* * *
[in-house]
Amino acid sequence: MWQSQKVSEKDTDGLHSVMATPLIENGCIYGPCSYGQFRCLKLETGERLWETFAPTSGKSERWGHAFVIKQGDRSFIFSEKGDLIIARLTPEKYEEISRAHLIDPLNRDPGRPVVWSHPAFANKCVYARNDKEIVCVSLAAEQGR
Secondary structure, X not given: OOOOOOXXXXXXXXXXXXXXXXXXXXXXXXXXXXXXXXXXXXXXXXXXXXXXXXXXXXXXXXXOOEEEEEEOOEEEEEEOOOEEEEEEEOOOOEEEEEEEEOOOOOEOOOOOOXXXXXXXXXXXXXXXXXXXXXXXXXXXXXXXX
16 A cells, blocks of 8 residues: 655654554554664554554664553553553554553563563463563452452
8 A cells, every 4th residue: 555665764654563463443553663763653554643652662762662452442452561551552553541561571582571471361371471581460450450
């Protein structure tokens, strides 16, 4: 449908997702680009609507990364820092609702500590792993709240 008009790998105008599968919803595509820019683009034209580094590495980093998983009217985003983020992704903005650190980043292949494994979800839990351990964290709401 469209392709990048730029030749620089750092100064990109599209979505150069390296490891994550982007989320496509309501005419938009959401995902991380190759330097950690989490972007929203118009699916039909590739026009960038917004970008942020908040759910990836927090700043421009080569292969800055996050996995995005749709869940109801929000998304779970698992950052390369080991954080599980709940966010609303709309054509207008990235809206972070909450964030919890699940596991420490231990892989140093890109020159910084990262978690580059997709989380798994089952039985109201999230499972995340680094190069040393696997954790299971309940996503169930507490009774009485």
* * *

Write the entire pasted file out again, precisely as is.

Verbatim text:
[in-house]
Amino acid sequence: MWQSQKVSEKDTDGLHSVMATPLIENGCIYGPCSYGQFRCLKLETGERLWETFAPTSGKSERWGHAFVIKQGDRSFIFSEKGDLIIARLTPEKYEEISRAHLIDPLNRDPGRPVVWSHPAFANKCVYARNDKEIVCVSLAAEQGR
Secondary structure, X not given: OOOOOOXXXXXXXXXXXXXXXXXXXXXXXXXXXXXXXXXXXXXXXXXXXXXXXXXXXXXXXXXOOEEEEEEOOEEEEEEOOOEEEEEEEOOOOEEEEEEEEOOOOOEOOOOOOXXXXXXXXXXXXXXXXXXXXXXXXXXXXXXXX
16 A cells, blocks of 8 residues: 655654554554664554554664553553553554553563563463563452452
8 A cells, every 4th residue: 555665764654563463443553663763653554643652662762662452442452561551552553541561571582571471361371471581460450450
């Protein structure tokens, strides 16, 4: 449908997702680009609507990364820092609702500590792993709240 008009790998105008599968919803595509820019683009034209580094590495980093998983009217985003983020992704903005650190980043292949494994979800839990351990964290709401 469209392709990048730029030749620089750092100064990109599209979505150069390296490891994550982007989320496509309501005419938009959401995902991380190759330097950690989490972007929203118009699916039909590739026009960038917004970008942020908040759910990836927090700043421009080569292969800055996050996995995005749709869940109801929000998304779970698992950052390369080991954080599980709940966010609303709309054509207008990235809206972070909450964030919890699940596991420490231990892989140093890109020159910084990262978690580059997709989380798994089952039985109201999230499972995340680094190069040393696997954790299971309940996503169930507490009774009485």